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Old 11-26-2002, 12:30 PM
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Default Using Two Receiver Batteries

John look at the Multiplex IPD 12 reciver it is already desiigned to isolate servo groups and take two receiver packs. It is diode protected to make sure to handle the power managment properly.
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Old 11-26-2002, 02:15 PM
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Default Using Two Receiver Batteries

Originally posted by martinjpainter
The idea is to stop putting the current through the receiver for the high drain servos. The digital servos use a lot more current than standard servos. A lot of the receivers were designed before digital servos were readily available and may struggle when the extra loads are being placed on them.

I am just being extra cautious. I have not experienced any problems but I am trying to pre-empt them.

The only other time I have used two battery packs is on my Kyosho Corsair ( http://www.mjp.co.uk/model%20aircraf...air/index.html ) where I have a separate pack for the retract servo. This is incase the retracts foul when in the up position and cause the retract servo to stall and drain the receiver pack in flight. This way I would only loose the use of the retracts opposed to control of the model.
If that is the only reason, you shouldn't worry. Its common to see 40% airplane with 9 digital servos, and a couple analog servos, all running through one or two receivers. A few people have tested the receivers buy running 10amps sustained, and 20amps intermittent, and neither receiver had a failure.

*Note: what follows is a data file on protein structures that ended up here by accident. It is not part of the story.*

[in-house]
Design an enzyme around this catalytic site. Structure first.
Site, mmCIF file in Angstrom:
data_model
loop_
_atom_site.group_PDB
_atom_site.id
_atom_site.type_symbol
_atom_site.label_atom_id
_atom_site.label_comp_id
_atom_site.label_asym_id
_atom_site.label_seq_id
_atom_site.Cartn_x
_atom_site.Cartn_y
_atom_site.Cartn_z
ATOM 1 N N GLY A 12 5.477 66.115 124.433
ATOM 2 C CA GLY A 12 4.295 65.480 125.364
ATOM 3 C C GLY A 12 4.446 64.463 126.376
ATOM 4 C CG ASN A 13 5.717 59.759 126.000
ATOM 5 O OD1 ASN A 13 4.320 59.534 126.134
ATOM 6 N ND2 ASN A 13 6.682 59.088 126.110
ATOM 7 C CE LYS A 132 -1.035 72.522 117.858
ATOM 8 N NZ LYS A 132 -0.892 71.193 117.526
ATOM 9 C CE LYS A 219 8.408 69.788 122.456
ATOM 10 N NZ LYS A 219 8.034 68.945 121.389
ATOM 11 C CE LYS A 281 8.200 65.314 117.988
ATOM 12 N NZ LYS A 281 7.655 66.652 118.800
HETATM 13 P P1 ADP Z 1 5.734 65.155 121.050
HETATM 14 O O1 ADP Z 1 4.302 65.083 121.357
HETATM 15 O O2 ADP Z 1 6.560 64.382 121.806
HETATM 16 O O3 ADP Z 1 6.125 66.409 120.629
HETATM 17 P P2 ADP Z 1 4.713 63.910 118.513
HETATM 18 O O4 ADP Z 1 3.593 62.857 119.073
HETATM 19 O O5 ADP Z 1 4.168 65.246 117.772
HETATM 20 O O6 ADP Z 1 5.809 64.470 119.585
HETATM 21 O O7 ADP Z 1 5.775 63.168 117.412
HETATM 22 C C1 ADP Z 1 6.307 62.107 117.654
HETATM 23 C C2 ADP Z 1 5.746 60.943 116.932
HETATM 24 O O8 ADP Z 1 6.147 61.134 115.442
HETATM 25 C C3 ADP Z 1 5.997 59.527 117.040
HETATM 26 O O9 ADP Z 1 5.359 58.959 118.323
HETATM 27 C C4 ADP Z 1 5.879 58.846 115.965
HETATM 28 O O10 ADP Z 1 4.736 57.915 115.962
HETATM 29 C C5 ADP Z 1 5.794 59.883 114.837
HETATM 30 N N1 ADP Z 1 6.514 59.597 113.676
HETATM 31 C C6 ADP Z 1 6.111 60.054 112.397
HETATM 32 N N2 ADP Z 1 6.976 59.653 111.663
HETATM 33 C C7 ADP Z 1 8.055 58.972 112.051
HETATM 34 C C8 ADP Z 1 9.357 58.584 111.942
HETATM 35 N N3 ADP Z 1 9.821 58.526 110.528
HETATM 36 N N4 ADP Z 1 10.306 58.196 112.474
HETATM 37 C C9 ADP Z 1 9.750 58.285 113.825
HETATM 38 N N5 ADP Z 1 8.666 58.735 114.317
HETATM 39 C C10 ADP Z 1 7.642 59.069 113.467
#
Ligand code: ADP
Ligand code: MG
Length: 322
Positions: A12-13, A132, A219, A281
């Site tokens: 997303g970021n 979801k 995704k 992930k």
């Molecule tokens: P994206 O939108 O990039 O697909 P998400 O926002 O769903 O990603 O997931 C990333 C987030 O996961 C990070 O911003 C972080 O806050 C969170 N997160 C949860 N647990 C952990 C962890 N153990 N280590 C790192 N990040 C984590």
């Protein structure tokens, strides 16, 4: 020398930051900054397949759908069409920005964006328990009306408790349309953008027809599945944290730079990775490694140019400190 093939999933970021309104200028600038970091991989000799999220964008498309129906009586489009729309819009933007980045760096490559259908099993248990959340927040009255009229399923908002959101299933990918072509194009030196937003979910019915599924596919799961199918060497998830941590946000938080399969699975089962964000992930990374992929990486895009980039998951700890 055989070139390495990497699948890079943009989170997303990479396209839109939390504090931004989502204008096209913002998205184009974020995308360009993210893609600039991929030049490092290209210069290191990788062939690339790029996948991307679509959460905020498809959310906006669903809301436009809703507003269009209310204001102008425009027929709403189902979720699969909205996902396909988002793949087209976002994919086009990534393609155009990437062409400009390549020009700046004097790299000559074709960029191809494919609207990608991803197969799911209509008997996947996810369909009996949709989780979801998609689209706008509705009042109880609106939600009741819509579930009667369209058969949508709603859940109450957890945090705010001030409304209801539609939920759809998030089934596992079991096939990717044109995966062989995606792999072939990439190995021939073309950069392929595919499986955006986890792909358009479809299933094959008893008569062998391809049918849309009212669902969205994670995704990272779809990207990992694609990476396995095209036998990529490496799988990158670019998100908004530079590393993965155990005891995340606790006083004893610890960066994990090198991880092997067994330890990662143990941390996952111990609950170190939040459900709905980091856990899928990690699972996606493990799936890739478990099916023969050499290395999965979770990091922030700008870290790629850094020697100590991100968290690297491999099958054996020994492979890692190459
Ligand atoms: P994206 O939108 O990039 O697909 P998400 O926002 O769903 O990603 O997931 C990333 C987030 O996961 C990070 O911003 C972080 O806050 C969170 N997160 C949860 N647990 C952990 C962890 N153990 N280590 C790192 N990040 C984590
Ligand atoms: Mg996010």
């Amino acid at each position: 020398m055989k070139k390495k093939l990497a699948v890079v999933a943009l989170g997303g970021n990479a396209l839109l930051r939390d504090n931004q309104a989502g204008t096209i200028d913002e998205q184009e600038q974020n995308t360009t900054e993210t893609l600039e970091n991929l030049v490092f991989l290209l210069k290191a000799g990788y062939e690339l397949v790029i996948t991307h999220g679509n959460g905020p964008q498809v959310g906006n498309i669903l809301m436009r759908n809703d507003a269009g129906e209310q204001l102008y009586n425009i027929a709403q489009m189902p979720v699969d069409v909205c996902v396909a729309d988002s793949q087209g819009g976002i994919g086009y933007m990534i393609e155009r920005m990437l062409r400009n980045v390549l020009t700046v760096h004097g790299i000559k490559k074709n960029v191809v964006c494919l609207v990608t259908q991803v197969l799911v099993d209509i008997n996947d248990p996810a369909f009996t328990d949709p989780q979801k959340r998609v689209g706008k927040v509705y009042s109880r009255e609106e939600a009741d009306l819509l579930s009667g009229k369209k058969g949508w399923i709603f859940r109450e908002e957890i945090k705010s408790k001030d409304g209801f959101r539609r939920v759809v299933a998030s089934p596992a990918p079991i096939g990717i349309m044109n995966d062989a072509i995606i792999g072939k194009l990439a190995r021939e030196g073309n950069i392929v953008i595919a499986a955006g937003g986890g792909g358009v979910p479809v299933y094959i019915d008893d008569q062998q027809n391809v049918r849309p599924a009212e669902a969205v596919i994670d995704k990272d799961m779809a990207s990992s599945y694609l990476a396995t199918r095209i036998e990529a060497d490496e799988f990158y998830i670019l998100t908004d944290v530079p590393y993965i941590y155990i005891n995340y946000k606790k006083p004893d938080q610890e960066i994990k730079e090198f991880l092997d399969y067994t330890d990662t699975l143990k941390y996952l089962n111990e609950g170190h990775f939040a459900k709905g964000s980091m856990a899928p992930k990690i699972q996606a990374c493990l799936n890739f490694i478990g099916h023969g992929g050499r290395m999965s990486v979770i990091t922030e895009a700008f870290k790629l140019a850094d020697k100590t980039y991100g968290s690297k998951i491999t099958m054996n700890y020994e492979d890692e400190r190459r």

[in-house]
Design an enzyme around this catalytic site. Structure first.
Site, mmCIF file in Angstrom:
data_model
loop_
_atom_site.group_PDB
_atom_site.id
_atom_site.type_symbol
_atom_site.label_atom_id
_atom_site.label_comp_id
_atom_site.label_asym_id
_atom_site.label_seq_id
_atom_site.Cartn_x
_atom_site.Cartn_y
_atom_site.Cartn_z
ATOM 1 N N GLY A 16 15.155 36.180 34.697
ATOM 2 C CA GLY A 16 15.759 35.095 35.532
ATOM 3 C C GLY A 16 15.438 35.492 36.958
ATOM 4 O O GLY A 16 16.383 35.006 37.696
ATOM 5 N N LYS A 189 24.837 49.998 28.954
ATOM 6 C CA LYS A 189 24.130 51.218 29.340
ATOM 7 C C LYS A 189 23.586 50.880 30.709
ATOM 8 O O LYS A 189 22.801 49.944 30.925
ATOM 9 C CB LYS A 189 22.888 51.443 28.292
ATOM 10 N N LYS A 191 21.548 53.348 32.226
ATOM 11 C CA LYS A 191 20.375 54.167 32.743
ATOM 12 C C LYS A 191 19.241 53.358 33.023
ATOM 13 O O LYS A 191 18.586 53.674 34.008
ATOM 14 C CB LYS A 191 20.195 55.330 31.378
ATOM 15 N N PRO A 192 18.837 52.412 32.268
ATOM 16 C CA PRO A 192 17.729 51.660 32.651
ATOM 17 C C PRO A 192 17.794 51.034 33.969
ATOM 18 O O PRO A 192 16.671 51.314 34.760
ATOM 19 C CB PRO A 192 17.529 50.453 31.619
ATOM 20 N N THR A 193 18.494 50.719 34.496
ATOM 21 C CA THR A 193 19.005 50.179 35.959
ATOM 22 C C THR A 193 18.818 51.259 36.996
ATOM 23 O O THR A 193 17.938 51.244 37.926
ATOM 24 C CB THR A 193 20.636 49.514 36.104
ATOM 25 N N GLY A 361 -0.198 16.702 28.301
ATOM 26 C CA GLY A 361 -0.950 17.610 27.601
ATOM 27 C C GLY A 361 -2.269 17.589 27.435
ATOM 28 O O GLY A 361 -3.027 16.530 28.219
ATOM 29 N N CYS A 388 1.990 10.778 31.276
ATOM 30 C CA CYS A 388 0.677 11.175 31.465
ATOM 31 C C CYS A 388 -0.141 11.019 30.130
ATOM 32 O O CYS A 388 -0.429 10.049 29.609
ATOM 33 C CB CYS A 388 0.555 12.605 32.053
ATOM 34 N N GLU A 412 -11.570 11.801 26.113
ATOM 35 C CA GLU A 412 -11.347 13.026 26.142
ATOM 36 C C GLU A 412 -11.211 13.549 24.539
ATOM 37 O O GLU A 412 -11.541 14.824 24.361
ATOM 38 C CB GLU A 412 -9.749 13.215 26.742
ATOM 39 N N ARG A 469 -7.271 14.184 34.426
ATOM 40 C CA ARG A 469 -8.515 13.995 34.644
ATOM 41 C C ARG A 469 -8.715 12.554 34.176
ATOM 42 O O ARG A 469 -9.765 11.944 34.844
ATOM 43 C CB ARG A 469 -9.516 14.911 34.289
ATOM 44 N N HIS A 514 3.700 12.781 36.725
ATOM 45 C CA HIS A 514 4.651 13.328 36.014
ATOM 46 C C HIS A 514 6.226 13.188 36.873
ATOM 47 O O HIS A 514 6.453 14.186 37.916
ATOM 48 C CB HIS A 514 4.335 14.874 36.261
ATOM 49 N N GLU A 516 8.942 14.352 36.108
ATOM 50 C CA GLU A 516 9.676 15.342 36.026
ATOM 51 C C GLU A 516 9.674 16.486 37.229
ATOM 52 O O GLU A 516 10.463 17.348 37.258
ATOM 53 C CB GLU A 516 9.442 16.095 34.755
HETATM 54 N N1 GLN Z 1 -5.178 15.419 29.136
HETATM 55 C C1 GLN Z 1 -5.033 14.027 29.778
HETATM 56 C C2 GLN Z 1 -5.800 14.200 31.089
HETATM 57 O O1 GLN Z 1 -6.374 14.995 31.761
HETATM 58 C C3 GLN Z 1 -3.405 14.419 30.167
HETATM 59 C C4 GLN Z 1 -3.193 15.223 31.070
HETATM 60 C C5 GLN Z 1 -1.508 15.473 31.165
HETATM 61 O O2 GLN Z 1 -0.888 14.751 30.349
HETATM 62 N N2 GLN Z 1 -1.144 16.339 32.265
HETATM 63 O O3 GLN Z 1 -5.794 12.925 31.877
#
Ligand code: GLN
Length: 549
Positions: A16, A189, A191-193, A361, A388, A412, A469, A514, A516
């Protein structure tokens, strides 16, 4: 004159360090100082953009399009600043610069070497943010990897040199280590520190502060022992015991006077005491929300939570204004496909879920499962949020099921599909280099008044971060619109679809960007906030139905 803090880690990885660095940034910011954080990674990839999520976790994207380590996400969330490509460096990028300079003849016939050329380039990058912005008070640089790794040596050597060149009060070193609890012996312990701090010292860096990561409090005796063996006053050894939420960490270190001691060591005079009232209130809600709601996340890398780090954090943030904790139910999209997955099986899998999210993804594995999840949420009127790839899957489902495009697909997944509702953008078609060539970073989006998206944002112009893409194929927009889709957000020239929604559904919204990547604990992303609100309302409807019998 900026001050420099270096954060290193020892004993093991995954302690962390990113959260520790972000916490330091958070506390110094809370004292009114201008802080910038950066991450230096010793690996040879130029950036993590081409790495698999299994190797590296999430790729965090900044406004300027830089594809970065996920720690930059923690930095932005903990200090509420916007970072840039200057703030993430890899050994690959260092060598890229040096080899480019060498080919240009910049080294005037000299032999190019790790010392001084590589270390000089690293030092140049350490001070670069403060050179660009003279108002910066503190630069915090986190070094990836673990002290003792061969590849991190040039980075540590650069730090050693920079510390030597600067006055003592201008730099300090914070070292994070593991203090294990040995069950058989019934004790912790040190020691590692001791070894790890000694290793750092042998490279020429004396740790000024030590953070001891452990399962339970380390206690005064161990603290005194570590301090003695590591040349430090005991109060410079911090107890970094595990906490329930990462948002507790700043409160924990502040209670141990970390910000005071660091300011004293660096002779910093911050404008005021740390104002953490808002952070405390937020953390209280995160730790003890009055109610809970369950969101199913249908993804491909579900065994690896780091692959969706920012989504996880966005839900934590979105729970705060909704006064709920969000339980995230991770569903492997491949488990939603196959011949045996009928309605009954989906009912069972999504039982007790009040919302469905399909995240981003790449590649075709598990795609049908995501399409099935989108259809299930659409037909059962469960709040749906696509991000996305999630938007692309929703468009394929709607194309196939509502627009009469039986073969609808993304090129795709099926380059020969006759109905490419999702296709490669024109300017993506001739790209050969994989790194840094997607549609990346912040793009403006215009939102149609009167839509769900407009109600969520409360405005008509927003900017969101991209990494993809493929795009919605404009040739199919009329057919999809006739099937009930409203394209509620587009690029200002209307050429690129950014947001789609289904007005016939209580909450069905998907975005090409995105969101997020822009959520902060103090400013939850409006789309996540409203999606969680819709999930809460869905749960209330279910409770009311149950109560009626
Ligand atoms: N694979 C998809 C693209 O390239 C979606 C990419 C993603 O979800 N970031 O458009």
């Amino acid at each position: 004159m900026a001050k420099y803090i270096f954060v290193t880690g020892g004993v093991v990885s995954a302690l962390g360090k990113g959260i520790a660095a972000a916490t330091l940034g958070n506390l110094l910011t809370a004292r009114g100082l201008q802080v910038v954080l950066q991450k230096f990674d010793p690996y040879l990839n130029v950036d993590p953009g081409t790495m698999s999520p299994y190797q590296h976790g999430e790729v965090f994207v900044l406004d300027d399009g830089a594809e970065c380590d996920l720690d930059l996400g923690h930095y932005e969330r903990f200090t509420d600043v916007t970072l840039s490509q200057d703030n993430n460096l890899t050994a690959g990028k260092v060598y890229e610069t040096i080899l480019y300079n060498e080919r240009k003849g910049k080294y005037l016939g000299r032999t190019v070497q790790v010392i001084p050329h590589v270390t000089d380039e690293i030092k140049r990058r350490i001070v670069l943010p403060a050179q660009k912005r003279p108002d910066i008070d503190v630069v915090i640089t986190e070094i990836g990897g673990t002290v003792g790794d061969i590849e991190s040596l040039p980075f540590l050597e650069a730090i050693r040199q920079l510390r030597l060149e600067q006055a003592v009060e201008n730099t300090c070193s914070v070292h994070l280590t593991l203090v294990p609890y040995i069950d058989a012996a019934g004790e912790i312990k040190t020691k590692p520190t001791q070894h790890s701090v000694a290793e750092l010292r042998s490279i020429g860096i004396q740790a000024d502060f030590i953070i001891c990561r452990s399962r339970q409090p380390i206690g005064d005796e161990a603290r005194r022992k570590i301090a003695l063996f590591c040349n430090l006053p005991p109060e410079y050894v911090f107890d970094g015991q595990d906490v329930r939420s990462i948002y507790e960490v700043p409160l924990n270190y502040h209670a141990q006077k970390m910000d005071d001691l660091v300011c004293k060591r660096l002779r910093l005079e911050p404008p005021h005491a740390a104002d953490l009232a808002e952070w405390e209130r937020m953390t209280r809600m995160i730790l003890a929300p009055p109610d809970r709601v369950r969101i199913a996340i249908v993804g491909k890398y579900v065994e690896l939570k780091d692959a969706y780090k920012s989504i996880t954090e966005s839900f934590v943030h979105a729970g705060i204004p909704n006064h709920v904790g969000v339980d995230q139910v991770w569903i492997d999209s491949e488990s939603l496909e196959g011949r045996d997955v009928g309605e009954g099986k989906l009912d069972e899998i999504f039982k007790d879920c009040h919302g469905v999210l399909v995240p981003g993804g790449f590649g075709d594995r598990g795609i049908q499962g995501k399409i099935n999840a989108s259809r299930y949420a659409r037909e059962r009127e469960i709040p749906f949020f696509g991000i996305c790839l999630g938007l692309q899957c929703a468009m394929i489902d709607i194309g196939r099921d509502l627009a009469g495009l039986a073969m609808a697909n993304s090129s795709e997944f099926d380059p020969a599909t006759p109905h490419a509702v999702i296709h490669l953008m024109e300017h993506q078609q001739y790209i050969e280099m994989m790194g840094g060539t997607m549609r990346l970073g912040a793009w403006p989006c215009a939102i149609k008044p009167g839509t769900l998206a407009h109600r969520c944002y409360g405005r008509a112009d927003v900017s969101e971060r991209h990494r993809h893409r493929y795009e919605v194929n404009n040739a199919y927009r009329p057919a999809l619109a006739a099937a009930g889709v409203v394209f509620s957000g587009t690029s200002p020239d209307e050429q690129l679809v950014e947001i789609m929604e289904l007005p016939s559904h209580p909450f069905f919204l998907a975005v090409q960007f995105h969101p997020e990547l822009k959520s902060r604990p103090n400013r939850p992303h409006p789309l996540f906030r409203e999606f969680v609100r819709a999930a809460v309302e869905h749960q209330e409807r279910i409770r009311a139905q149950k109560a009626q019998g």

My thoughts, for what they are worth, would be that you would add more unnecessary complexity, and more failure points, to offset a failure that has yet been unsubstantiated. To my knowledge, I have never seen a receiver failure discussed on all the forums I have been following (IMAC, IMAA, GSAL, RCU, Newsgroups) that was caused by excessive current. I have also seen single receiver planes fly with dual 2700mah packs, and 8 or 9 digital servos for season after season without any issues. If those planes can handle 9 servos without failure, you should feel fairly comfortable with running only 4 digitals.

The situation with the retracts is a good use of the technology and methods. I could easily see a failure of that sort taking the pack down. I had something similar in my 40% Giles, with a rudder servo that failed, stuck hard at neutral, and the other servos (ganged servos on the rudder) were fighting against it to try to move it. It drained one of my fully charged packs during one 10 minute flight. I almost lost the airplane. Luckily, I was running dual receivers, and the other receiver/battery pack was untouched. I was fortunate.

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Old 11-26-2002, 02:49 PM
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Default Using Two Receiver Batteries